Both the hooks and Brookfield readings looked at how critical reflection changes teaching and learning practices. I don’t know if anything I’ve read this past week changes much for me – I have always been hypercritical of my own work (sometimes to my own detriment). I recognize that being hypercritical and reflecting critically are two different things though.
If we look at Friere’s work, and his dialogue between objectivity and subjectivity (within the first chapter in Pedagogy of the Oppressed) – as teachers we should strive for that middle ground. I think the only vehicle that gets us into that middle ground is the ability to reflect and think about other perspectives. The subjectivity of experience and the objectivity of best practices make us the best we can be. I have often played devil’s advocate, mainly in an attempt to think about potential arguments against my position. In essence this is negotiating that middle ground between objectivity and subjectivity. The mere act of thinking about how one could do something better is critical (unless of course you’re so full of hubris that you think you couldn’t do it better).
This week we read chapter 13 in bell hooks “Teaching to Transgress” and chapter 8 in Brookfield’s “Becoming a Critically Reflective Teacher”.
There wasn’t a ton of new ideas in hooks chapter, not for me anyways. I was always drawn to passion. That fire, the heat of someone else’s excitement… always a great moment to engage in. hooks is entirely correct in that passion in the classroom (for a subject) is rarely recognized, and almost never sanctioned. Of course they want to have engaged students, but don’t want to loosen the morals that were set in stone at the educational institution’s formation some hundred years ago. Perhaps that’s why I feel an affinity for online spaces – where the tradition is a little less formal, and a little more conversational.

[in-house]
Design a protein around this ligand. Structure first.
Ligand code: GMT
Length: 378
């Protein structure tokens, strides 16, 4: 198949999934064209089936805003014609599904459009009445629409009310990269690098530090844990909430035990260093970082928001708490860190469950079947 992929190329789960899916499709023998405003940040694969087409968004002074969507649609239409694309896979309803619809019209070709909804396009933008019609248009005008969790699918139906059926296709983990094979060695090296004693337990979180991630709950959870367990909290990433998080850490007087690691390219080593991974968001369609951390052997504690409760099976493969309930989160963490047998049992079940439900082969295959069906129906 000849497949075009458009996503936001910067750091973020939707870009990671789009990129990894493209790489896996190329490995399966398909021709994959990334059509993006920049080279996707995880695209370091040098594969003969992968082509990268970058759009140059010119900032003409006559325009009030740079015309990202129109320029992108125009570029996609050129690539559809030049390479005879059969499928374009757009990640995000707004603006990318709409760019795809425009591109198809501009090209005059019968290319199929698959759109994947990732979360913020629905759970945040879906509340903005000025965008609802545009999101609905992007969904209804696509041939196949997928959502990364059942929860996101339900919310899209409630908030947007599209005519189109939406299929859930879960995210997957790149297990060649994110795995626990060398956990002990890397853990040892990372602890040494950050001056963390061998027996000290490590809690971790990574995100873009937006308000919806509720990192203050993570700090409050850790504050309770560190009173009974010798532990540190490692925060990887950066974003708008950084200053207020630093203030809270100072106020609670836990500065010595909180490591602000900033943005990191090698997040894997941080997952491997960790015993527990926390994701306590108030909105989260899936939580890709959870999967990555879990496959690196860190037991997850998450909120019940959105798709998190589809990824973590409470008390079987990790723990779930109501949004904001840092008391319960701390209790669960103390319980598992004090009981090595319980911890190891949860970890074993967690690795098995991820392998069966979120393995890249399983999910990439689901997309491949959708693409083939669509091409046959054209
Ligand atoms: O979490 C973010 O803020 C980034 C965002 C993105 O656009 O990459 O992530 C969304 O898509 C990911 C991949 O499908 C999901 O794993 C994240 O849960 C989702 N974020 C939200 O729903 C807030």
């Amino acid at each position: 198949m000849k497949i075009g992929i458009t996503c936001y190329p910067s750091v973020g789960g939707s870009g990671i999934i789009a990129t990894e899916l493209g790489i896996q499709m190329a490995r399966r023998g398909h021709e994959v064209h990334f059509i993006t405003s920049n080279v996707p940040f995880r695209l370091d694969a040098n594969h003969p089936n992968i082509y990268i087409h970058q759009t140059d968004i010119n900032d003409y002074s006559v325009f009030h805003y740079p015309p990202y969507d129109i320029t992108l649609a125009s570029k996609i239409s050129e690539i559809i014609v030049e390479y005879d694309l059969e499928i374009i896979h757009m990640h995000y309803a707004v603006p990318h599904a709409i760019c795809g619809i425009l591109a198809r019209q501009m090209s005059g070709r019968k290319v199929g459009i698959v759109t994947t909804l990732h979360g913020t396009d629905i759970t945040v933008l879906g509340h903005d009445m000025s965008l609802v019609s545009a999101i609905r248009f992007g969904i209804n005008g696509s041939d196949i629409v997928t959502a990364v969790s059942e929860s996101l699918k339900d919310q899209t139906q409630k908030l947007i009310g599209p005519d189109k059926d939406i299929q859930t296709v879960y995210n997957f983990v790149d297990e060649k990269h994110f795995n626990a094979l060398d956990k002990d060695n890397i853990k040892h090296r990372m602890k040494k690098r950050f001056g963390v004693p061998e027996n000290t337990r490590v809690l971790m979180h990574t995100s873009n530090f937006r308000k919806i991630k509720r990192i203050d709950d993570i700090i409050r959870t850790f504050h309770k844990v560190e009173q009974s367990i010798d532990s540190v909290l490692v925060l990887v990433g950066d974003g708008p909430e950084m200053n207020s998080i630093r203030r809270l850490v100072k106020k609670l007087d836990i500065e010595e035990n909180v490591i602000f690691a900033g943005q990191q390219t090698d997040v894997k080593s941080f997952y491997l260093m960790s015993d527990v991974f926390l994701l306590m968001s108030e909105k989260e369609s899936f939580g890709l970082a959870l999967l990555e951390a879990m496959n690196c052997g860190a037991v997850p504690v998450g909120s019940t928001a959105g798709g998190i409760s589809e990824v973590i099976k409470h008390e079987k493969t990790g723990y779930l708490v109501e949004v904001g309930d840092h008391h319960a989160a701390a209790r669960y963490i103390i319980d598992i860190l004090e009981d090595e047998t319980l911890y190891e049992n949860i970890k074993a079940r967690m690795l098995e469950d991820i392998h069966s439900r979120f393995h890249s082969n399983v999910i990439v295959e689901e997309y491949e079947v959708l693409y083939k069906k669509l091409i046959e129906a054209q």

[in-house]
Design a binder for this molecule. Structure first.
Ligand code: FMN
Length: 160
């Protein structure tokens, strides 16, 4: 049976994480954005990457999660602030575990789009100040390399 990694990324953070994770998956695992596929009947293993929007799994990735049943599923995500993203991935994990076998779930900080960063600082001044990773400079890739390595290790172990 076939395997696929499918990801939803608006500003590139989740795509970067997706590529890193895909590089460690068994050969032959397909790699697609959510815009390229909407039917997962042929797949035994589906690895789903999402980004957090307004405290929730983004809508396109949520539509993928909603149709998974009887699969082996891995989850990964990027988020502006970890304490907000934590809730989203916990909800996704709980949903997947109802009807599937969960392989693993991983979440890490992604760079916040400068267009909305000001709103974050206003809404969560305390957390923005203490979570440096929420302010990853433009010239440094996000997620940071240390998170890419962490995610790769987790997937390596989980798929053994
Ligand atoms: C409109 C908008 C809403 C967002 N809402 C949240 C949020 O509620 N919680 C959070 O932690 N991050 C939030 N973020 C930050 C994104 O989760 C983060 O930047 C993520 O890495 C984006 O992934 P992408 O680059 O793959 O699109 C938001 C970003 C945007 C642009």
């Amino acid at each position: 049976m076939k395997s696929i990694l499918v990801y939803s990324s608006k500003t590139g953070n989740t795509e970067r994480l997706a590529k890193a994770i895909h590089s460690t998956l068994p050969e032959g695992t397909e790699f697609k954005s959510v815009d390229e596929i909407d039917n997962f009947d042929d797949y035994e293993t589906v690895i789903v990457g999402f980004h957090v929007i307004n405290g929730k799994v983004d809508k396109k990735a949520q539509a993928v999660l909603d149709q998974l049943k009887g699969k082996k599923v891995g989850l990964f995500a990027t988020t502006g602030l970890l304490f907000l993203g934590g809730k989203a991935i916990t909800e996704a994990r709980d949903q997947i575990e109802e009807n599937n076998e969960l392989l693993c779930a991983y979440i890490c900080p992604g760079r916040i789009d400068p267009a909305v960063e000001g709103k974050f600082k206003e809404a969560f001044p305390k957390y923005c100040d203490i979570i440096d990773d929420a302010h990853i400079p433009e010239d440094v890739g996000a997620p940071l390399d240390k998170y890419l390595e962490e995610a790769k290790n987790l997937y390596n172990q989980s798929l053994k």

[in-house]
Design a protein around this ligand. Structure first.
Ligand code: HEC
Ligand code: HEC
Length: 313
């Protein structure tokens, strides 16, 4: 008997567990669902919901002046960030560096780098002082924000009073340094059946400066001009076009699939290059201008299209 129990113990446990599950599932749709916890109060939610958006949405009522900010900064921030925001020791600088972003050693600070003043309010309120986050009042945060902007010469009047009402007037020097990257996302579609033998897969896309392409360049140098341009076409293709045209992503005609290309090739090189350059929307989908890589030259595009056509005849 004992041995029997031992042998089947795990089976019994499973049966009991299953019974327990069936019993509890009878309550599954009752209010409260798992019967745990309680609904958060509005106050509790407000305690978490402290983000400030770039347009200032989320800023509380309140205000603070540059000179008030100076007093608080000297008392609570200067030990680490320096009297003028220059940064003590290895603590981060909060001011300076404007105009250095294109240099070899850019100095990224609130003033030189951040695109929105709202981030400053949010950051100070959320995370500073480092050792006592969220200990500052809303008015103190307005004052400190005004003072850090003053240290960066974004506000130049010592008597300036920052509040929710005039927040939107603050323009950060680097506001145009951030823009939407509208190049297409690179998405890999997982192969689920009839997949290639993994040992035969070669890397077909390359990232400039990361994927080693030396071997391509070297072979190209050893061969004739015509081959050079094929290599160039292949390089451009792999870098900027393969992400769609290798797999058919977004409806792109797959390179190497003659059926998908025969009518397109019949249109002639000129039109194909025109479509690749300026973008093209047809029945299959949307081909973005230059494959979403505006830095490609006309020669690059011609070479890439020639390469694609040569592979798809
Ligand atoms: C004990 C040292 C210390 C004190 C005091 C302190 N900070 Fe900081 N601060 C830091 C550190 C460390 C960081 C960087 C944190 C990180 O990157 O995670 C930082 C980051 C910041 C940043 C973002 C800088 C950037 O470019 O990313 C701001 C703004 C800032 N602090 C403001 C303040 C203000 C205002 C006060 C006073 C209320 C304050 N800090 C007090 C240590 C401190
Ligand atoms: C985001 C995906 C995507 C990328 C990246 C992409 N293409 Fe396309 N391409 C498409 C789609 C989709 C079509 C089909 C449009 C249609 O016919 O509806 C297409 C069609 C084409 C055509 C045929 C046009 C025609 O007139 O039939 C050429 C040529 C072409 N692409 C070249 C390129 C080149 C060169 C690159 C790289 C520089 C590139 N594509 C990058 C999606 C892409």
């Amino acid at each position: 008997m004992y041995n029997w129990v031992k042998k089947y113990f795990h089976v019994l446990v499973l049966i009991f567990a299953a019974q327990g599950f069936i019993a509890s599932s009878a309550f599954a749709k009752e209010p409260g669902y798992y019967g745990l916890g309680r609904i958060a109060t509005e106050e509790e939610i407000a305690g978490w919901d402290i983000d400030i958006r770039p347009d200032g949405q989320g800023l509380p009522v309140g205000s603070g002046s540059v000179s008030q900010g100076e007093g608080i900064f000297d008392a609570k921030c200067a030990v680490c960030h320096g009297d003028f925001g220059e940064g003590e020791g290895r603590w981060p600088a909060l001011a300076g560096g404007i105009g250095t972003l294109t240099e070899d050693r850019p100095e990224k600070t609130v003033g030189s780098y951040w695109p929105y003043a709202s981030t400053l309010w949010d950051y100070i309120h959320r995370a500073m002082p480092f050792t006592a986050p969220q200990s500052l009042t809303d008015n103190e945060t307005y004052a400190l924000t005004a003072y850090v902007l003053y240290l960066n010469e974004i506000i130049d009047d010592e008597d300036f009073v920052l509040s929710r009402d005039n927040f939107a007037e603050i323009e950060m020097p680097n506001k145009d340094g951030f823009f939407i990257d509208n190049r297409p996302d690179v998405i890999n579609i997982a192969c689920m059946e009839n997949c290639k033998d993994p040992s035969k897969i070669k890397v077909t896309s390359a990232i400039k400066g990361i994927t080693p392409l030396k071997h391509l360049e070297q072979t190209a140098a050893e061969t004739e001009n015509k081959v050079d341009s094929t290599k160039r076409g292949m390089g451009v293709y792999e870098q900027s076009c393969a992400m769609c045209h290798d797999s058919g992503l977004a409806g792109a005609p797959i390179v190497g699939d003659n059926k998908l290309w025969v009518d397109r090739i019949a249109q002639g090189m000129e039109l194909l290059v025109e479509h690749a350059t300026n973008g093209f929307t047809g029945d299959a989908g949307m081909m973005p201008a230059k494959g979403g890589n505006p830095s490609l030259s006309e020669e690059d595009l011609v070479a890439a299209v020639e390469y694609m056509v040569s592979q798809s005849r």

The portion of the chapter that dealt with the eros of teaching strikes me as something that could be dug into far further – does the power structure between teacher and student make the relationship between the two manipulative in either direction?
Brookfield’s chapter dealt more with listening – it seems like good listening and facilitation skills can help people learn and discover their own way.
This week we read chapter 7 in bell hooks “Teaching to Transgress” and chapter 12 in Brookfield’s “Becoming a Critically Reflective Teacher”.
I felt, for once, that hooks’ book was tougher to get through than Brookfield’s – maybe it was because we’re in the middle of testing some changes to undergraduate education at my institution; one of which is the start of a learning portfolio program. This program really values critical reflection, which aligns perfectly with what Brookfield is talking about in his chapter. The sorts of strategies – well considered – are intriguing to examine and imagine how that might take place in my institution. It was also interesting to read Brookfield write about the Devil’s Advocate approach to critical thinking – which is something I do quite often in workshops that I deliver. Often I off-handedly mention the downside to some technology. I know some people I have worked with don’t like my approach – in fact I question it sometimes too – but I feel it would be intellectually dishonest for me not to mention the potential problems.